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Generated on Oct 1, 2023 via pnpm

qs 6.11.2

A querystring parser that supports nesting and arrays, with a depth limit
Package summary
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issues
2
licenses
8
MIT
1
BSD-3-Clause
Package created
4 Feb 2011
Version published
15 May 2023
Maintainers
2
Total versions
108
License
BSD-3-Clause

Issues

0
This package has no issues

Licenses

MIT License

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OSI Approved
This is a human-readable summary of (and not a substitute for) the license. Disclaimer.
Can
commercial-use
modify
distribute
sublicense
private-use
Cannot
hold-liable
Must
include-copyright
include-license
Packages
call-bind@1.0.2
function-bind@1.1.1
get-intrinsic@1.2.1
has-proto@1.0.1
has-symbols@1.0.3
has@1.0.3
object-inspect@1.12.3
side-channel@1.0.4

BSD 3-Clause "New" or "Revised" License

Permissive
OSI Approved
This is a human-readable summary of (and not a substitute for) the license. Disclaimer.
Can
commercial-use
modify
distribute
place-warranty
Cannot
use-trademark
hold-liable
Must
include-copyright
include-license
Packages
qs@6.11.2
Disclaimer

This deed highlights only some of the key features and terms of the actual license. It is not a license and has no legal value. You should carefully review all of the terms and conditions of the actual license before using the licensed material.

Sandworm is not a law firm and does not provide legal services. Distributing, displaying, or linking to this deed or the license that it summarizes does not create a lawyer-client or any other relationship.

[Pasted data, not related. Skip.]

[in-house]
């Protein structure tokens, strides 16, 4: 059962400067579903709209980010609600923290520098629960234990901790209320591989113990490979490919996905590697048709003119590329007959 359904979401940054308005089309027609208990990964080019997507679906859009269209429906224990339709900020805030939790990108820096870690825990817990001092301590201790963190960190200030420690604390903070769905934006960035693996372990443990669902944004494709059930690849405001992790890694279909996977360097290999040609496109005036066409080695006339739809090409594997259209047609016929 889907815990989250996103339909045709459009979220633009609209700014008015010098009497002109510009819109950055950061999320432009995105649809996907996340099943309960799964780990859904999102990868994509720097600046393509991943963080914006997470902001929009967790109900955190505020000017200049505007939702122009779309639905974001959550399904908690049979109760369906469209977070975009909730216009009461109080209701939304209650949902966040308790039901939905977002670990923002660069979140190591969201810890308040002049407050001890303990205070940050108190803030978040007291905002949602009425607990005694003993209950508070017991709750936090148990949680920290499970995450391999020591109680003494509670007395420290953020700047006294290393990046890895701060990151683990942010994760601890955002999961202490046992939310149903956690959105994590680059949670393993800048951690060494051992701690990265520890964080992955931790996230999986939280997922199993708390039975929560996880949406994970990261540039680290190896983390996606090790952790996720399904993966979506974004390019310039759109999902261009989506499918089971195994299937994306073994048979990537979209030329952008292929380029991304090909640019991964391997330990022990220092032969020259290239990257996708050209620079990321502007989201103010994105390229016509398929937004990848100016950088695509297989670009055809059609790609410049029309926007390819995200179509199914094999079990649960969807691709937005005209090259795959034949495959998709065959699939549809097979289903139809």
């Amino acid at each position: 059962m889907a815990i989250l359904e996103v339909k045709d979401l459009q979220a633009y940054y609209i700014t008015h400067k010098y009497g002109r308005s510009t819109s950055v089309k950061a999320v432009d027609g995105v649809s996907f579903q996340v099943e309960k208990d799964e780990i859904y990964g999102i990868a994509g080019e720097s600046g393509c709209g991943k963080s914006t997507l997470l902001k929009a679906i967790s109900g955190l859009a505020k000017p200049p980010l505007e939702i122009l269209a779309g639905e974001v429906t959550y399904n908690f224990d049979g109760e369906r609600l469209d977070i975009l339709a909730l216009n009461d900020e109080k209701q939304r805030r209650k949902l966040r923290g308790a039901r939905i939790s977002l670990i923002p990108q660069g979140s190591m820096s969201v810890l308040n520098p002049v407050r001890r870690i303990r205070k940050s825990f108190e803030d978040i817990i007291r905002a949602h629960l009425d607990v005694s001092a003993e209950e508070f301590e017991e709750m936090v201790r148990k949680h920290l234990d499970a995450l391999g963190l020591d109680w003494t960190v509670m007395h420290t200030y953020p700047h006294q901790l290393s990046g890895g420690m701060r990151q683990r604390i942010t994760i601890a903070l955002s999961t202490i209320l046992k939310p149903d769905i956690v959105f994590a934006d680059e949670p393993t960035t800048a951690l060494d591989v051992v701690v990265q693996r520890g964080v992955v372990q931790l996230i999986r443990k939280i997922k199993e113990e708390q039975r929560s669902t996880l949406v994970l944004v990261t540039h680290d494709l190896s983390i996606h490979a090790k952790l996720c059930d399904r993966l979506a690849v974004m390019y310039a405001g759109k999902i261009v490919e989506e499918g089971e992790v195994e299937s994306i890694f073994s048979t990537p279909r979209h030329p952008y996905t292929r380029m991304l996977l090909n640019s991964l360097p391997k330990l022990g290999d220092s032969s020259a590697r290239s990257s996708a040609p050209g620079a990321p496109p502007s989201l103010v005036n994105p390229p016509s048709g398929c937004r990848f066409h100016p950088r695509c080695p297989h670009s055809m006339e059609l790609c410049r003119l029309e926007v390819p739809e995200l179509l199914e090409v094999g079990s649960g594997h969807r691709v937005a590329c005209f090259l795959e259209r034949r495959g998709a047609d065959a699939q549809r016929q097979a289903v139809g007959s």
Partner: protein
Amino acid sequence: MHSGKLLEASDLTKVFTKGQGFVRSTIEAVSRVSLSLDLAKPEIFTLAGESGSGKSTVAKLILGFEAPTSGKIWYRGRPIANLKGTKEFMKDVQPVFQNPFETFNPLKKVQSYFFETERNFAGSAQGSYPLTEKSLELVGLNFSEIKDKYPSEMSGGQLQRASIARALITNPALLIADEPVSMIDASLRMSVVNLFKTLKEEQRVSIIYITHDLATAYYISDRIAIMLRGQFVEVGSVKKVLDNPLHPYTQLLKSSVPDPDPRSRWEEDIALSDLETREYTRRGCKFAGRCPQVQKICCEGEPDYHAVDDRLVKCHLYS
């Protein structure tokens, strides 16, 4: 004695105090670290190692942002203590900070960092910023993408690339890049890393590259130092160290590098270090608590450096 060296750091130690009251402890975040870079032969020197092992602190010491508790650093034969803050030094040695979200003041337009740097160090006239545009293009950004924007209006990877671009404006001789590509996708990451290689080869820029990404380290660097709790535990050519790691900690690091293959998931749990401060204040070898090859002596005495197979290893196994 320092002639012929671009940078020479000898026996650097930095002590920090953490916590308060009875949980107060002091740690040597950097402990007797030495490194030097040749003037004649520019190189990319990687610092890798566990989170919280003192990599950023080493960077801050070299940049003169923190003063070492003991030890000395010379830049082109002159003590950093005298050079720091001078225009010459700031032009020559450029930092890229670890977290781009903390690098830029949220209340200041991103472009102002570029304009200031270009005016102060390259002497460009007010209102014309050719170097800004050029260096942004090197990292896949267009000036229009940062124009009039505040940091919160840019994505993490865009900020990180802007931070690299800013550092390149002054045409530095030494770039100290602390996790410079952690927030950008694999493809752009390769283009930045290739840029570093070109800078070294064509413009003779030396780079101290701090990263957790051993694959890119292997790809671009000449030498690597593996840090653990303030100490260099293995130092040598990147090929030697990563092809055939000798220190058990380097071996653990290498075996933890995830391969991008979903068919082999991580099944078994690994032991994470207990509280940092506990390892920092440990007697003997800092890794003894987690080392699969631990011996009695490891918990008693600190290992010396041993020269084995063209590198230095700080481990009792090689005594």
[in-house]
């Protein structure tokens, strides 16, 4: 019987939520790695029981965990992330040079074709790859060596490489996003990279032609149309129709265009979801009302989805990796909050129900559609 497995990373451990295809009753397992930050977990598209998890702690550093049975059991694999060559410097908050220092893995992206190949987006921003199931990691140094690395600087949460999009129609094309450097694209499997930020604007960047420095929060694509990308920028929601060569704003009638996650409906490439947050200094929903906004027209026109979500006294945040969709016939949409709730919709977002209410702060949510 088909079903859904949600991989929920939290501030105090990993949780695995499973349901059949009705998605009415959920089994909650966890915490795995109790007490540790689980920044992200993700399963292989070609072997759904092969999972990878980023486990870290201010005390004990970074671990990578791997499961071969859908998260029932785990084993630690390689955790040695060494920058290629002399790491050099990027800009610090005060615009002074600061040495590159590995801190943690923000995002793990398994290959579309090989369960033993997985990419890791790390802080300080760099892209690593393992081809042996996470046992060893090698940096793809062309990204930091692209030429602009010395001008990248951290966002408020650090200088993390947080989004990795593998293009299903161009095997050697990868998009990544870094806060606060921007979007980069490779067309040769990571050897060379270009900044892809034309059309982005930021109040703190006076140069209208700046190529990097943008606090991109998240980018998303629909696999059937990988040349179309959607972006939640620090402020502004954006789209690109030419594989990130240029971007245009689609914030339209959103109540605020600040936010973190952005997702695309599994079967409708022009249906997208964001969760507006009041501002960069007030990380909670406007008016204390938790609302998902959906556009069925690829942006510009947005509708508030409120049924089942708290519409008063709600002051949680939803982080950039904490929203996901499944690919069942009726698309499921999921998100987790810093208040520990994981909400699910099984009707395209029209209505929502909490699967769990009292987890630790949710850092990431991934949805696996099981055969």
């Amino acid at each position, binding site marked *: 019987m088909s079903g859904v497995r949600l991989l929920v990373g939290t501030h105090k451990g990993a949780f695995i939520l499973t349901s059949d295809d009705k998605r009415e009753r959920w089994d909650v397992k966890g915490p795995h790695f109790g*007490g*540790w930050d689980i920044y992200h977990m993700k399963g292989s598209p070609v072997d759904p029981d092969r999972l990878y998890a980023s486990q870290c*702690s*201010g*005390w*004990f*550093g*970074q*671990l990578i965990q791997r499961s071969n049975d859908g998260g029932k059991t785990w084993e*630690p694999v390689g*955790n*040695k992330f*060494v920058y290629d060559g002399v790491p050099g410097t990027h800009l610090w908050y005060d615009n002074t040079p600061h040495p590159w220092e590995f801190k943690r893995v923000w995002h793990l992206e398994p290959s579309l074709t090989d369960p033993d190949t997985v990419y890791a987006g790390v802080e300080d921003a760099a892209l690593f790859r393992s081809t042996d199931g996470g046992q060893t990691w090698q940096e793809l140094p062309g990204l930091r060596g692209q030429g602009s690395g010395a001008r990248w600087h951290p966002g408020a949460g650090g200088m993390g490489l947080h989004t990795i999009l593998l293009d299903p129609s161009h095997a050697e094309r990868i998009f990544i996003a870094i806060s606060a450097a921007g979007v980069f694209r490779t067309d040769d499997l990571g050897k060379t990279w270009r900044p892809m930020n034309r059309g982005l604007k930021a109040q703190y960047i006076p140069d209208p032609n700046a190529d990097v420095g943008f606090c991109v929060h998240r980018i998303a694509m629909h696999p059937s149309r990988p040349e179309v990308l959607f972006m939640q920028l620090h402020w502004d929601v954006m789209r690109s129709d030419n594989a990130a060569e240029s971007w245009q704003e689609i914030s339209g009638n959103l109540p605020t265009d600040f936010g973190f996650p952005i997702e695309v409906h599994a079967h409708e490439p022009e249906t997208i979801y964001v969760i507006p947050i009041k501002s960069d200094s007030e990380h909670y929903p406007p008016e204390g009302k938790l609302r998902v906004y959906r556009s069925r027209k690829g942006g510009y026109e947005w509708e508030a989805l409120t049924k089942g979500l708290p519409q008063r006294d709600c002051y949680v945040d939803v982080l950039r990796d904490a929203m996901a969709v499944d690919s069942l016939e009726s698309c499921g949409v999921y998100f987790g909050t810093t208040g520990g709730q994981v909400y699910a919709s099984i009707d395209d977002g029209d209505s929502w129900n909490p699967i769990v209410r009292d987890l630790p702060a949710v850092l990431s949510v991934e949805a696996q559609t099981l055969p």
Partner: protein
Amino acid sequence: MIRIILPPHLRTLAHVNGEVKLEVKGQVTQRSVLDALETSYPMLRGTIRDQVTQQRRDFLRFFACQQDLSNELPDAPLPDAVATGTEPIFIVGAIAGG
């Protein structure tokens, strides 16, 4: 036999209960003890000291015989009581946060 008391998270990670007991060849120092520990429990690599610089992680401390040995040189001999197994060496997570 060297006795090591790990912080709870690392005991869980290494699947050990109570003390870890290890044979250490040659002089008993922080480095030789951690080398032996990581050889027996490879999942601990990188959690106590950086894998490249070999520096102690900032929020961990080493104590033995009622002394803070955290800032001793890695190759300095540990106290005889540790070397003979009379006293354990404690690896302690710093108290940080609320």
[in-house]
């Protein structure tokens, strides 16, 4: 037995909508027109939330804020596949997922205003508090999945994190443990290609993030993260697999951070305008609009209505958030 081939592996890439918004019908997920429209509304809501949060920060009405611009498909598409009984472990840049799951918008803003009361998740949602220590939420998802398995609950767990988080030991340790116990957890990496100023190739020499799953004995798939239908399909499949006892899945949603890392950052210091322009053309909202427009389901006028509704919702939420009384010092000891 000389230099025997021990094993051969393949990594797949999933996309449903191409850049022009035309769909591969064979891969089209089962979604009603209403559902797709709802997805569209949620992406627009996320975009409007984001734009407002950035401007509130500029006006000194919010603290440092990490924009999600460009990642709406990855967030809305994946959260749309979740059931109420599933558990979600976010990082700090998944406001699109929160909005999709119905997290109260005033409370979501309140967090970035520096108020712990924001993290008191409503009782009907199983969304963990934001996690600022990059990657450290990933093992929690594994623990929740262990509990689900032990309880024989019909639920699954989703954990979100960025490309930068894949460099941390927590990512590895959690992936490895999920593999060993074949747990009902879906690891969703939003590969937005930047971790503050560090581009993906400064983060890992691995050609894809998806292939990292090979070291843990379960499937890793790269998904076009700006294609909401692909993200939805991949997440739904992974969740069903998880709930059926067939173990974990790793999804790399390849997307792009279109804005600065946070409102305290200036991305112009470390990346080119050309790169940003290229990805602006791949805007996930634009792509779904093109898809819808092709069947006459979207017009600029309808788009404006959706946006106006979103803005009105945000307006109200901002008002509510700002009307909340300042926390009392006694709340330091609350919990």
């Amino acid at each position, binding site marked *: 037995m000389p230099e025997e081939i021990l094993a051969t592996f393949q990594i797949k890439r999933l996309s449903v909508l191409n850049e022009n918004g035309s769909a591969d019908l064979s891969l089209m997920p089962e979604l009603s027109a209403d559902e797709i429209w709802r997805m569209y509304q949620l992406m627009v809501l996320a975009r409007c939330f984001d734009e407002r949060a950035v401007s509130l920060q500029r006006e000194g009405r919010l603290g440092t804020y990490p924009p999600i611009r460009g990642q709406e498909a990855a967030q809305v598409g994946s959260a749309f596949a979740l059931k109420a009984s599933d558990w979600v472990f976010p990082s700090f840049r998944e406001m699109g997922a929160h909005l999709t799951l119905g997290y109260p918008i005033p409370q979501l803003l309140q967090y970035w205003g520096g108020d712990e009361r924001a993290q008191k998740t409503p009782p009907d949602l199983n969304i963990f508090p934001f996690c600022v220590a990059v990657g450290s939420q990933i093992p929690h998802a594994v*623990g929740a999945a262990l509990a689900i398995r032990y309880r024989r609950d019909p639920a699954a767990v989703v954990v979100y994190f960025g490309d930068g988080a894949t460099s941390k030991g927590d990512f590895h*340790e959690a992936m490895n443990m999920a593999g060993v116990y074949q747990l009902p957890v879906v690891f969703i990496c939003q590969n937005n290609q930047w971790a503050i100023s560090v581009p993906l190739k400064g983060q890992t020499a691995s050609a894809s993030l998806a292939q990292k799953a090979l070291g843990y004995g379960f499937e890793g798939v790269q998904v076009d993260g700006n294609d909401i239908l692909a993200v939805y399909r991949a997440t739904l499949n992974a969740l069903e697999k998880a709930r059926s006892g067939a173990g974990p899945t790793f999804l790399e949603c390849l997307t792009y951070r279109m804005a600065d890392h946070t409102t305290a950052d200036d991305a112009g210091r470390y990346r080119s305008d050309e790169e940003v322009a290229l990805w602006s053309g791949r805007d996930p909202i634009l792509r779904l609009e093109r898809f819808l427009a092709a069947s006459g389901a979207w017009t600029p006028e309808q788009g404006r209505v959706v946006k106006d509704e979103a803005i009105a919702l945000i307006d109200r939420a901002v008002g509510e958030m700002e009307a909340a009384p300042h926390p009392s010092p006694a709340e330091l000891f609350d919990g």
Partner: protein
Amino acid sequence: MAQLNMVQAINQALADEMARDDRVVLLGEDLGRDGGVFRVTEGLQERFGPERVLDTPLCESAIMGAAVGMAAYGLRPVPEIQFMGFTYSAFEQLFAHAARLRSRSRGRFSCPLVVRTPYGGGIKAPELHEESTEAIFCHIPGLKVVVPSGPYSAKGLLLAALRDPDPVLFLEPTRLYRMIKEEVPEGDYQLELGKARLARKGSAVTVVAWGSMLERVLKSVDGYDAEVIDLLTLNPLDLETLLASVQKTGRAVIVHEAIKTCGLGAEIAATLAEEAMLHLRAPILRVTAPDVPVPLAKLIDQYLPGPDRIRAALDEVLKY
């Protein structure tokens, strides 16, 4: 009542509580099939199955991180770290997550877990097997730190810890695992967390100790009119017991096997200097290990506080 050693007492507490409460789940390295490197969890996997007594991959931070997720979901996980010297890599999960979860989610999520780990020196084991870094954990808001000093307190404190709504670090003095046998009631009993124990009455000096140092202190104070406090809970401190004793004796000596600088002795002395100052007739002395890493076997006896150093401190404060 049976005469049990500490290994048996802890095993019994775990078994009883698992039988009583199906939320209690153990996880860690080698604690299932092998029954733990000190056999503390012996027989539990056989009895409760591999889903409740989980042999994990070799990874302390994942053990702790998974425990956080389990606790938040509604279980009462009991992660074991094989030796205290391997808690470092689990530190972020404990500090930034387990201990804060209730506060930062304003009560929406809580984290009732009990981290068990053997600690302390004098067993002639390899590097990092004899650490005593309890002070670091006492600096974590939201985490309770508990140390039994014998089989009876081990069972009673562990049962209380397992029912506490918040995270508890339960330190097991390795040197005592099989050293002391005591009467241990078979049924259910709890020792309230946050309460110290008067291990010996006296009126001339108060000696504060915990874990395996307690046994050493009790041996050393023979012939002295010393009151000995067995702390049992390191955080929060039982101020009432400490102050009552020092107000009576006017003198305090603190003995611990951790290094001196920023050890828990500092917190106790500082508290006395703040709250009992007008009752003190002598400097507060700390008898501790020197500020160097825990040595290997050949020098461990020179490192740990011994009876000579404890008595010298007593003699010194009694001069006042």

Dependencies

9
Get CSV
Name Version Size License Type Vulnerabilities
call-bind 1.0.2 5.24 kB MIT prod
function-bind 1.1.1 6.15 kB MIT prod
get-intrinsic 1.2.1 11.49 kB MIT prod
has-proto 1.0.1 3.3 kB MIT prod
has-symbols 1.0.3 6.9 kB MIT prod
has 1.0.3 1.52 kB MIT prod
object-inspect 1.12.3 25.31 kB MIT prod
qs 6.11.2 52 kB BSD-3-Clause prod
side-channel 1.0.4 5.51 kB MIT prod

Visualizations

Frequently Asked Questions

What does qs do?

"qs" is a powerful JavaScript library that provides solutions for parsing and stringifying URL query strings. It supports nesting and arrays with a customizable depth limit and provides added security features. The library is commonly used in Node.js and full-stack applications when handling request parameters and is known for transforming complex nested objects into URL-friendly formats.

How do you use qs?

To utilize the "qs" package in your JavaScript application, you first need to install it using npm package manager. This can be done by running the command npm install qs in your terminal. After that, you can import it into your file using var qs = require('qs');.

Here's an example of how to parse and stringify with "qs".

var qs = require('qs');
var assert = require('assert');

// Parse
var obj = qs.parse('a=c');
assert.deepEqual(obj, { a: 'c' });

// Stringify
var str = qs.stringify(obj);
assert.equal(str, 'a=c');

"qs" enables you to create nested objects within your query strings by surrounding the names of sub-keys with square brackets []. Check out an example below:

// Convert 'foo[bar]=baz' to {foo: {bar: 'baz'}}
assert.deepEqual(qs.parse('foo[bar]=baz'), {
    foo: { bar: 'baz' }
});

It also supports features like allowing the parsed value to be a null object, parsing URI encoded strings, and parsing objects up to a defined depth.

Where are the qs docs?

The qs documentation is readily available on the qs GitHub page. It provides comprehensive details on the usage, methods, and options the library offers. Whether you're parsing a complex object to a query string or creating one from a string, the documentation provides helpful examples and insights.